Jobs report delivers exactly the right measure of bad news for end of year rally

10/22/2013 2:30 pm EST


Jim Jubak

Founder and Editor,

The U.S. stock market got what it wanted in this morning’s September jobs numbers.

The economy added a disappointingly low number of jobs in September, but the wage and hour figures were strong enough so that the economy does not look to be falling off a cliff.

All in all, the numbers are disappointing enough to buttress the current consensus view on Wall Street that the Federal Reserve won’t begin to taper off its current $85 billion in monthly purchases of Treasuries and mortgage-backed assets until March 2014 and positive enough on economic growth—and especially consumer spending—not to raise worries that the economy is about to slow radically.

As of 1:30 p.m. New York time the Standard & Poor’s 500 was up 0.42%.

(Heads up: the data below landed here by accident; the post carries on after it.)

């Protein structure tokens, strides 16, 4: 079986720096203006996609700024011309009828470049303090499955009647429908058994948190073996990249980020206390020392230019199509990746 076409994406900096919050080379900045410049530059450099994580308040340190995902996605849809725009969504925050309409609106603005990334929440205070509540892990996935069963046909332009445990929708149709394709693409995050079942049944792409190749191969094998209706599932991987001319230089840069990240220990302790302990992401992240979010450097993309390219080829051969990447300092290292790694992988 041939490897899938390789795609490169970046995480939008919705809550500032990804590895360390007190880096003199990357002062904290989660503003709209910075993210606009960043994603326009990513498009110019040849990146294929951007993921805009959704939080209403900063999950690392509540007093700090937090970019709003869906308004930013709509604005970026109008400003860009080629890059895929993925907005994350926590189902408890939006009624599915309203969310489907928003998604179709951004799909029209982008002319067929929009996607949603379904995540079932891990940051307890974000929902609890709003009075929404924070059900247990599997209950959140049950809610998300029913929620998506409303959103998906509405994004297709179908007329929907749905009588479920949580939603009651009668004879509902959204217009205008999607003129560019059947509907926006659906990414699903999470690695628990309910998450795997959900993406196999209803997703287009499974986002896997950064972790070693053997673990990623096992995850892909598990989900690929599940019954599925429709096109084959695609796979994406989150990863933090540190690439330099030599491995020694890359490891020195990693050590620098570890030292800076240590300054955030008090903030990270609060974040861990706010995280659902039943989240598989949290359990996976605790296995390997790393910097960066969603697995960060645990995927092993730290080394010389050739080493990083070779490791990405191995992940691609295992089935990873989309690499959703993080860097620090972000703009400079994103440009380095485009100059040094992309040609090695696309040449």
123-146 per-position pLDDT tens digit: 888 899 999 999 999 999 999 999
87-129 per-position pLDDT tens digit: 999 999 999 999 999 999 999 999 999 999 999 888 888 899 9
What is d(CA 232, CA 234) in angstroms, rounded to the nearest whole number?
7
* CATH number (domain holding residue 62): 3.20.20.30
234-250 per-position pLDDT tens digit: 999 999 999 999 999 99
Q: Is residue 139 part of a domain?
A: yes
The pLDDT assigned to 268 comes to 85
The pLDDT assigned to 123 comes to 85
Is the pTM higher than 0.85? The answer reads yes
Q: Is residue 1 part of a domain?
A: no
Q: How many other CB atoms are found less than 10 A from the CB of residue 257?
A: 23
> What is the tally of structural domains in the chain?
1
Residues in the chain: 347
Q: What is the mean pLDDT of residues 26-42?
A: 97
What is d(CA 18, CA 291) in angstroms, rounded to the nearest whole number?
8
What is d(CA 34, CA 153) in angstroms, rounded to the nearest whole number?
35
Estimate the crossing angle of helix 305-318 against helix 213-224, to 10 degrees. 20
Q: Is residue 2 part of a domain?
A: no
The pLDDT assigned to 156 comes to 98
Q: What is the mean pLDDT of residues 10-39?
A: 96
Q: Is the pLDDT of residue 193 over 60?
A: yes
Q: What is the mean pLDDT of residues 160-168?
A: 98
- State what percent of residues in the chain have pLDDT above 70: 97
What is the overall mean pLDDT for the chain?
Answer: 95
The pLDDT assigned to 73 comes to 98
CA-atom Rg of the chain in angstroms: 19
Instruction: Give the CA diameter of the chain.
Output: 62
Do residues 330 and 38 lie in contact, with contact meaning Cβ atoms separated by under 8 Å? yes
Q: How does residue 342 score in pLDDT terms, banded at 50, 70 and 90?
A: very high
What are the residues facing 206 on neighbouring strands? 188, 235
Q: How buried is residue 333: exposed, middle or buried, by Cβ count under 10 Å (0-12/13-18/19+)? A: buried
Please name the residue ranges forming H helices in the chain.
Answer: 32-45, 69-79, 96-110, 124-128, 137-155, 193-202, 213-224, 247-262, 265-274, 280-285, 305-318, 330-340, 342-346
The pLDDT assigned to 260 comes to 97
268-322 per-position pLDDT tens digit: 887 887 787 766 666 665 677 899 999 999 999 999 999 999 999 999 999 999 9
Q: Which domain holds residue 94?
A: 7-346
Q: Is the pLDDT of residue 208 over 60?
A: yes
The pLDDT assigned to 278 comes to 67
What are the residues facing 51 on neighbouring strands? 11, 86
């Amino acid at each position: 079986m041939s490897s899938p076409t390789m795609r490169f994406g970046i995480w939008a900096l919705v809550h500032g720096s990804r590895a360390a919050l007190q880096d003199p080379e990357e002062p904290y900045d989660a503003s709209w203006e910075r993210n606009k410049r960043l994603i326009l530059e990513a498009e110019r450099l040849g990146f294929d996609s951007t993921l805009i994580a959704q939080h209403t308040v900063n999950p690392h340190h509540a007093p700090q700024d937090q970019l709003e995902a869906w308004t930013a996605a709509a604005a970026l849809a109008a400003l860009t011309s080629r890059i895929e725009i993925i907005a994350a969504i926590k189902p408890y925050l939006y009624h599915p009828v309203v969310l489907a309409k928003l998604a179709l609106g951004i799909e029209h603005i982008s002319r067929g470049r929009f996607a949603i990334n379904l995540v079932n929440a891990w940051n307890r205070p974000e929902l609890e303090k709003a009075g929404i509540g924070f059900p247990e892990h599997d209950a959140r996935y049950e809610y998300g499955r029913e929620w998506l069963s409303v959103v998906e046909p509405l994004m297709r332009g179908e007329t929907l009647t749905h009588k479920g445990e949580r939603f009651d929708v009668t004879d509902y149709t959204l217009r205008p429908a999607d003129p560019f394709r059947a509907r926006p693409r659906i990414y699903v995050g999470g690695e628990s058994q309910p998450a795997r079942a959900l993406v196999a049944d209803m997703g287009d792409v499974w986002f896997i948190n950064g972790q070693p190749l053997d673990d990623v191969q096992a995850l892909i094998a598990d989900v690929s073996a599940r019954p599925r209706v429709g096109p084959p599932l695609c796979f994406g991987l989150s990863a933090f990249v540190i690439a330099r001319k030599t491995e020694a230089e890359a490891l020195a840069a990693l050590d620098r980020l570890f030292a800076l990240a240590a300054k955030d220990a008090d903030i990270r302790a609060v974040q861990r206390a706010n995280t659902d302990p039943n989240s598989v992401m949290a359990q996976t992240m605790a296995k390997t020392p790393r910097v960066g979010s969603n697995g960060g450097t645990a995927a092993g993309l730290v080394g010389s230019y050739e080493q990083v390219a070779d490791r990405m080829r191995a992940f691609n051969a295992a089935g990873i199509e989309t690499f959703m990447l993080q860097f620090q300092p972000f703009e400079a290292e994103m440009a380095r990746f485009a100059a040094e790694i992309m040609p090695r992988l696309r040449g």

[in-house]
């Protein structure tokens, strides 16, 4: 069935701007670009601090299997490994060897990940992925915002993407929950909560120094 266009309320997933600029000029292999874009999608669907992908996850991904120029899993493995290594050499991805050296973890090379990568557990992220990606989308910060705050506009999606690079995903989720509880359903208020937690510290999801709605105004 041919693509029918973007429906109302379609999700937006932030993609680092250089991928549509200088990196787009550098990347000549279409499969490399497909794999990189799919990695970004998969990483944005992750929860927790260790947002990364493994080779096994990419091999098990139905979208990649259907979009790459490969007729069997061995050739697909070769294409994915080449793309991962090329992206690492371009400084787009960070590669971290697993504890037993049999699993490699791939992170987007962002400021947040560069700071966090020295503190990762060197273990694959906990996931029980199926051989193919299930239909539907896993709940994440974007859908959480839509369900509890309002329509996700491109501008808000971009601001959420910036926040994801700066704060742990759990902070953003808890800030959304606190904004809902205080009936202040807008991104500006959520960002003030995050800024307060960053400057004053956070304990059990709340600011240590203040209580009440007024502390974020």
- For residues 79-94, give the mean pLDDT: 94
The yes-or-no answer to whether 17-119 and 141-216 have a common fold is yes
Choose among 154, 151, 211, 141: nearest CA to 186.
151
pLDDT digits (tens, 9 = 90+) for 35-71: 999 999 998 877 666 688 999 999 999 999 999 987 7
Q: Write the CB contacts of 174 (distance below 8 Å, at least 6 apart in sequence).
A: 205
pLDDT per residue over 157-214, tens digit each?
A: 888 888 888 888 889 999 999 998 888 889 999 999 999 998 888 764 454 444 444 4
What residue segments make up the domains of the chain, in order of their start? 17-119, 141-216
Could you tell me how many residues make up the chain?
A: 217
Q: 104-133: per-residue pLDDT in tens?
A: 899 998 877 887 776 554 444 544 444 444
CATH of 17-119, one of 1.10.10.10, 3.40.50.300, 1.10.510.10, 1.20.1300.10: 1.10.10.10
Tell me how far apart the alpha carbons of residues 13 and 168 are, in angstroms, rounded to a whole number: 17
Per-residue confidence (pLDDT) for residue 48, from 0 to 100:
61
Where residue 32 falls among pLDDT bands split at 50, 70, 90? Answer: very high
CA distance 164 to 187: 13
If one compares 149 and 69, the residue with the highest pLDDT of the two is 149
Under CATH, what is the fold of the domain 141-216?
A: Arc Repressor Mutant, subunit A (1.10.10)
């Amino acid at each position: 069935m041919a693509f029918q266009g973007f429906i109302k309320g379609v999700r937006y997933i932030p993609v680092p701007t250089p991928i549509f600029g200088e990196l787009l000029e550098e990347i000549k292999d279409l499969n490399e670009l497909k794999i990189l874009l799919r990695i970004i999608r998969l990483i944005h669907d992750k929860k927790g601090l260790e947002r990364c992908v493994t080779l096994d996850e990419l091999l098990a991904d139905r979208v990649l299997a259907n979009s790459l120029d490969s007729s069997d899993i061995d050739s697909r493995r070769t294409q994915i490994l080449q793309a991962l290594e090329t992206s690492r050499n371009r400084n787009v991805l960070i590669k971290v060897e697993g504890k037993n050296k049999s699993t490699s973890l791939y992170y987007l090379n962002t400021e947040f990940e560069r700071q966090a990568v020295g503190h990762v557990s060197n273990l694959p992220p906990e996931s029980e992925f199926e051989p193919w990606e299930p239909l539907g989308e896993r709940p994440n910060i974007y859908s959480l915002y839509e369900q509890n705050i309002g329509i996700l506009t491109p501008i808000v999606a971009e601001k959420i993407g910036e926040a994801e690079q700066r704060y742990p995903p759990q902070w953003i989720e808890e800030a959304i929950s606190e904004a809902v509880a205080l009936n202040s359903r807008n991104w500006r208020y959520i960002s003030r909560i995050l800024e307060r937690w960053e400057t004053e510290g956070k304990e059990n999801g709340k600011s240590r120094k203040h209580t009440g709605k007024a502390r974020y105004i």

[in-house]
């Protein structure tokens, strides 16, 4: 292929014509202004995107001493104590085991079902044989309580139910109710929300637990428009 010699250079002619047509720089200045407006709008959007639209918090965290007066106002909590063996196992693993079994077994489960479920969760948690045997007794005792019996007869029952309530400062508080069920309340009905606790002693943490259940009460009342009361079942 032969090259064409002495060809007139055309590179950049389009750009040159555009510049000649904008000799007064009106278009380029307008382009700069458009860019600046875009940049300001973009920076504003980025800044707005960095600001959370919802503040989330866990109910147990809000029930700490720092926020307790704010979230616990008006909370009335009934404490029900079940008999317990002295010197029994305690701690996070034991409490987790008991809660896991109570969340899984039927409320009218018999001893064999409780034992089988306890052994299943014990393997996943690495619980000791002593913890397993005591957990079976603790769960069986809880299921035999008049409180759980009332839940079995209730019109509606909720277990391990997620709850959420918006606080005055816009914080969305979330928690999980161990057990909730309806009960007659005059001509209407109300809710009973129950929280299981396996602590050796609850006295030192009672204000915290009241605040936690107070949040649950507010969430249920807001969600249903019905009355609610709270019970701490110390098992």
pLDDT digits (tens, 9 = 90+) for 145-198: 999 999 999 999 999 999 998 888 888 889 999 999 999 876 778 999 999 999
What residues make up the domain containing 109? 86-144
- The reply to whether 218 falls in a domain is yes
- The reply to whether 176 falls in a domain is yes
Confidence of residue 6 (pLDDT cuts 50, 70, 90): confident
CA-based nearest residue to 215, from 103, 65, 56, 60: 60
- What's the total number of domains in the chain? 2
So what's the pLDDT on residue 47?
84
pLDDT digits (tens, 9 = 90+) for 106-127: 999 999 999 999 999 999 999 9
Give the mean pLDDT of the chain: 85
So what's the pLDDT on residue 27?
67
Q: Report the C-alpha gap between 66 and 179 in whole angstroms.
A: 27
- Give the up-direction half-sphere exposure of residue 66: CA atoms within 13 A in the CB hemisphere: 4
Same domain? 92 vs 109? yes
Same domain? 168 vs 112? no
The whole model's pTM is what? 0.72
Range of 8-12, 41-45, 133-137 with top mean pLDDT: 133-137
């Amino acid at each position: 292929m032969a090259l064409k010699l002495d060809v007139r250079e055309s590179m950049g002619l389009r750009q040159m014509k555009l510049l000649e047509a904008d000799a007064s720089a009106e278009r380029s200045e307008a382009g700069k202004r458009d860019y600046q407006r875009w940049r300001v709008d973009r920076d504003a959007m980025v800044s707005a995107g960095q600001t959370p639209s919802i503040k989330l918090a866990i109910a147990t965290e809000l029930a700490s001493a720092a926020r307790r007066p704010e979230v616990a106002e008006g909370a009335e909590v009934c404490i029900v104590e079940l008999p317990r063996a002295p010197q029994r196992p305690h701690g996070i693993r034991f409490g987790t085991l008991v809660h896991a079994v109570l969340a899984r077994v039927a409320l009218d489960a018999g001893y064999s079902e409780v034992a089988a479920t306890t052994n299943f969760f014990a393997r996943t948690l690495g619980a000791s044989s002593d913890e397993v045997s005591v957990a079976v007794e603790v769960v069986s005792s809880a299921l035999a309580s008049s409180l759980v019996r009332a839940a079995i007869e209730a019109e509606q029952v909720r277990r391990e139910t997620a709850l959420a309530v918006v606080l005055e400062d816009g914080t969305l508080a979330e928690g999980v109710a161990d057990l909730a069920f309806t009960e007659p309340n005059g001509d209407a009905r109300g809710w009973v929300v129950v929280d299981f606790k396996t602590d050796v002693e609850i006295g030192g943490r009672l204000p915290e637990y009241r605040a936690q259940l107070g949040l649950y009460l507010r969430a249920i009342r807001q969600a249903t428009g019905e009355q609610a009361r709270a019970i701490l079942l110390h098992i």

The U.S. economy added 148,000 jobs in September. That was down from an upwardly revised 161,000 for August and below the consensus of economists surveyed by of 183,000 jobs.

So much for a strong number that would tell the Fed it was safe to remove stimulus from the U.S. economy.

But the details of the report showed decent strength. Hourly earnings rose 0.1% and the average workweek stayed steady at 34.5 hours. The combination sent aggregate wages up 0.2% in September. That’s not enough to lead to hot economic growth but it is supportive of steady growth in consumer spending.

In a trend that’s likely to reverse as we get closer to the holiday shopping season, full-time employment climbed by 691,000 in September while part-time jobs dropped by 594,000. Wal-Mart (WMT) has said that it will hire 55,000 seasonal workers for the holiday retail push. That would be 10% more than in 2012. Kohl’s (KSS) has said it will add 53,000 holiday workers. That’s about the same as last year.

The employment figures released today for September don’t include the effect, if any, of the government shut down/debt ceiling crisis on the economy. The October report, now scheduled for release on November 8 (instead of November 1) will include those effects but it won’t tell the Fed, which meets on October 30 and December 18, anything about how lasting those effects might be.

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